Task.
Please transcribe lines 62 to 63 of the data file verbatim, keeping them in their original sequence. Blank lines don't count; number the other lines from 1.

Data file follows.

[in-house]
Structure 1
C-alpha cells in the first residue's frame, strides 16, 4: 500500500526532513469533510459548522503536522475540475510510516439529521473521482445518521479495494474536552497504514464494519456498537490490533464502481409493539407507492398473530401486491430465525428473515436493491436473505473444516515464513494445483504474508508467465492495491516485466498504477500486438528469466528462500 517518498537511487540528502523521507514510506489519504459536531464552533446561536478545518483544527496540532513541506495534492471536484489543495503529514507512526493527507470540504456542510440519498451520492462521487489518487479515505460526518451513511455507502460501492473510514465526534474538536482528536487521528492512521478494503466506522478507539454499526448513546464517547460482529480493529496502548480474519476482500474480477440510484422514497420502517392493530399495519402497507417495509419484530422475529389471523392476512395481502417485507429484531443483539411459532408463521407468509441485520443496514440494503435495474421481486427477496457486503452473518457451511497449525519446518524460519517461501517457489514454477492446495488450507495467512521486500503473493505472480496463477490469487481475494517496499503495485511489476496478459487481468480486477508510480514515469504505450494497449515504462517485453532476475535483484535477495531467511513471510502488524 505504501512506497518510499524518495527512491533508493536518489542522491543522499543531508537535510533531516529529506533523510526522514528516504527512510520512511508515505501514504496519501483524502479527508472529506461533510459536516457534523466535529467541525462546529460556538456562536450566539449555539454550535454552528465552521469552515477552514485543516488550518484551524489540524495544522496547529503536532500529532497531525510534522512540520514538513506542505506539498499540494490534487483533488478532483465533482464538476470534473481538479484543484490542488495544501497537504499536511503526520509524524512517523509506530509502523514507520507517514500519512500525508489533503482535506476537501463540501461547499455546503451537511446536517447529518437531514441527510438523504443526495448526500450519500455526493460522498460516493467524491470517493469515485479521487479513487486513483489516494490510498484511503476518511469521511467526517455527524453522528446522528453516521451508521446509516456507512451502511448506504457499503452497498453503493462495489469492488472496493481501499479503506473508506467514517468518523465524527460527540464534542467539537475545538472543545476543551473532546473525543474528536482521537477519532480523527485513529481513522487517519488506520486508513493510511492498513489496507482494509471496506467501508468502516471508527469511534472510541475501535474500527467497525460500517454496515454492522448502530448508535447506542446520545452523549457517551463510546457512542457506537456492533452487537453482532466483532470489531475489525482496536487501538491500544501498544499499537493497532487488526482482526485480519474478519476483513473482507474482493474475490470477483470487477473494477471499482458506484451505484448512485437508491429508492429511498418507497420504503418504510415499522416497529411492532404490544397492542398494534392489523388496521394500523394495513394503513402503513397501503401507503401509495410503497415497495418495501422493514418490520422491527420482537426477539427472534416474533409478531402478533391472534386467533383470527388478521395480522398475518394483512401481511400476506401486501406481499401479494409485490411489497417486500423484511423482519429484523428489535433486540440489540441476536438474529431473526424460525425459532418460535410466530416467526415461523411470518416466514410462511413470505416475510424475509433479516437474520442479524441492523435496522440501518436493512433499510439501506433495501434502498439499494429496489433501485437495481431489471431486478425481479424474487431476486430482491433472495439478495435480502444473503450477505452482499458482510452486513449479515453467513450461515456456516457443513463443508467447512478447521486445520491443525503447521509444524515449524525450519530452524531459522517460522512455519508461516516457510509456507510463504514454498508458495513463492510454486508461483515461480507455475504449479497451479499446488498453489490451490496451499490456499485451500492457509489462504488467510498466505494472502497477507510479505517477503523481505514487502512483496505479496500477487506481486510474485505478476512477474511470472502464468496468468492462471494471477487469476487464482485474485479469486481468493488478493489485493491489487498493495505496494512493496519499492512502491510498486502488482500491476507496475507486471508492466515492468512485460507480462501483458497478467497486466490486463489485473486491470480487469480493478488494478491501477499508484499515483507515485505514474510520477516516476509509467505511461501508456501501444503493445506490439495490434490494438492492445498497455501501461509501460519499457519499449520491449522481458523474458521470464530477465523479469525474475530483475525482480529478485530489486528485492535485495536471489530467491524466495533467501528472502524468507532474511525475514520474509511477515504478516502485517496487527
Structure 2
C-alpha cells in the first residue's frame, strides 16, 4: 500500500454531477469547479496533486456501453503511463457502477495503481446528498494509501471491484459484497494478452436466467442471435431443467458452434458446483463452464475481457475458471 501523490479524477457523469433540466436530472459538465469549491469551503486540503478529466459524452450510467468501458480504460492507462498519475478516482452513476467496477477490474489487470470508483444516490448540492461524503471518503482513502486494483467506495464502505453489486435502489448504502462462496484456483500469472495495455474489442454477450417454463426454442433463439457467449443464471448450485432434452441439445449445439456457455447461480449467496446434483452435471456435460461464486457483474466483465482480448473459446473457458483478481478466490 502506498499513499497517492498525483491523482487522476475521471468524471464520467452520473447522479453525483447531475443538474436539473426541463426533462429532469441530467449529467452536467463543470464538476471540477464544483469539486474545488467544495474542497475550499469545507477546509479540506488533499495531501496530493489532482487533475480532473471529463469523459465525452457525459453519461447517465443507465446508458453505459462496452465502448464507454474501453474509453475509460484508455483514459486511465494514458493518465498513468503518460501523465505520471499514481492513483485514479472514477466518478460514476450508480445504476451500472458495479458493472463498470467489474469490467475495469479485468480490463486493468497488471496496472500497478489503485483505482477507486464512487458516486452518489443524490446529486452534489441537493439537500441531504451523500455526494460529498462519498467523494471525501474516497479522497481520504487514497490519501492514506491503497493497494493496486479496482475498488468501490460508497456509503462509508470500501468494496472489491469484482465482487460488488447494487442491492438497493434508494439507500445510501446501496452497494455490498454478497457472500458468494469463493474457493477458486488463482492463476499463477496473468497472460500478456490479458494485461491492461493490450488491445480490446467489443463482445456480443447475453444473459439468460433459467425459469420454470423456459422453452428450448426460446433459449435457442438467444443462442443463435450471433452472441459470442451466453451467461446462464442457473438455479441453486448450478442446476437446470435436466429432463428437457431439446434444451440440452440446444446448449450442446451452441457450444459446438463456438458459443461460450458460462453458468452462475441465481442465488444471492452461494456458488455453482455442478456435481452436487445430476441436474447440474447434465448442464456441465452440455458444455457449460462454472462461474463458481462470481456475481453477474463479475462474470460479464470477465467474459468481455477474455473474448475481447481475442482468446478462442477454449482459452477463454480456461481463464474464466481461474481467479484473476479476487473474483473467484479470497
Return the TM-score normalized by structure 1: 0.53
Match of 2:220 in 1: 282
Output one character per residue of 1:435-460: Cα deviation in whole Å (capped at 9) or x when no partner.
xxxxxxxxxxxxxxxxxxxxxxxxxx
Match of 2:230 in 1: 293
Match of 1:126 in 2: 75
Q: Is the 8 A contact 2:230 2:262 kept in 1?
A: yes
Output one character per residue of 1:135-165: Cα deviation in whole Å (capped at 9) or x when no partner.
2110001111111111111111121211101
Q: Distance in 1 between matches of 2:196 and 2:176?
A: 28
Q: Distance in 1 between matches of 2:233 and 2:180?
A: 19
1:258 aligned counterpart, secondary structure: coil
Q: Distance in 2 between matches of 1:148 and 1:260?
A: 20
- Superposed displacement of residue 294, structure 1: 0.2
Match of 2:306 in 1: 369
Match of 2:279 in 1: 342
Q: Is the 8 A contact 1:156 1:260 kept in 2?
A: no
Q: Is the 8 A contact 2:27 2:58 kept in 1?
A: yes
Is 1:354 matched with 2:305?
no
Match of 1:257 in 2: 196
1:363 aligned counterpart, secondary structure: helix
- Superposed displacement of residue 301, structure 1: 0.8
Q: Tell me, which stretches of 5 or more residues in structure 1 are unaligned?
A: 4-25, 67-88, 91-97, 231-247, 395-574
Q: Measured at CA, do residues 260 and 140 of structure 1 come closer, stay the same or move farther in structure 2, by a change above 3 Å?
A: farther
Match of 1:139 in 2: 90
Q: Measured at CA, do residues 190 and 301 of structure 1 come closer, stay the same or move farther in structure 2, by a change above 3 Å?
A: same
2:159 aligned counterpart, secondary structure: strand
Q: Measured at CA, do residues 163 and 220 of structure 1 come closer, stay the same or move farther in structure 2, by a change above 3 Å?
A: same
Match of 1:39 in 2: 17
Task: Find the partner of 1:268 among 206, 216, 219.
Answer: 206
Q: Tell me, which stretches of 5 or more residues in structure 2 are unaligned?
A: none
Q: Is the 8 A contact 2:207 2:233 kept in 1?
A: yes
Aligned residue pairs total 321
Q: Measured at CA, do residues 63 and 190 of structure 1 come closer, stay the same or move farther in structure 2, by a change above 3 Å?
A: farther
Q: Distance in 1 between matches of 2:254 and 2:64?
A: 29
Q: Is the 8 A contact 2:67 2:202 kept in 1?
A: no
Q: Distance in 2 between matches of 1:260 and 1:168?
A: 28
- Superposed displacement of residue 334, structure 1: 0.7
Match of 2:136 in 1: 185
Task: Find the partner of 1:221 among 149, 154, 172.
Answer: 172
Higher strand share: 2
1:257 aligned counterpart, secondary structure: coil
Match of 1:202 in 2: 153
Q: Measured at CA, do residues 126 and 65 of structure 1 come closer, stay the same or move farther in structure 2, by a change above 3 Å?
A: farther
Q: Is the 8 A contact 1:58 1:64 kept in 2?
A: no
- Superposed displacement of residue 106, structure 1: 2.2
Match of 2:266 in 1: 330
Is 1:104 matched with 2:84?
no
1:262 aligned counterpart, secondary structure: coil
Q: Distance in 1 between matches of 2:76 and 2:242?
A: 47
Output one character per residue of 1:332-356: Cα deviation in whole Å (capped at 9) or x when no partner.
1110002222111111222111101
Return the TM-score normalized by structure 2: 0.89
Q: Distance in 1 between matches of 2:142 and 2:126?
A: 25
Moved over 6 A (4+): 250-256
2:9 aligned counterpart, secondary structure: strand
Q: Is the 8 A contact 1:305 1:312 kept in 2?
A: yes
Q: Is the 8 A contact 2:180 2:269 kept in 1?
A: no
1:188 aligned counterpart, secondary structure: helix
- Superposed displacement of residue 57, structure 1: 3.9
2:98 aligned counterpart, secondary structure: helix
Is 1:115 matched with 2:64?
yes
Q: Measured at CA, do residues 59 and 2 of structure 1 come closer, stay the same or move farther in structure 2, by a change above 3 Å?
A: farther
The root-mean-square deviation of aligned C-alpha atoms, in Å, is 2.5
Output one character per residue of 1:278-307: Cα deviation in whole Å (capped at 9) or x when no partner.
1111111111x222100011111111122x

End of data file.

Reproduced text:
Match of 2:136 in 1: 185
Task: Find the partner of 1:221 among 149, 154, 172.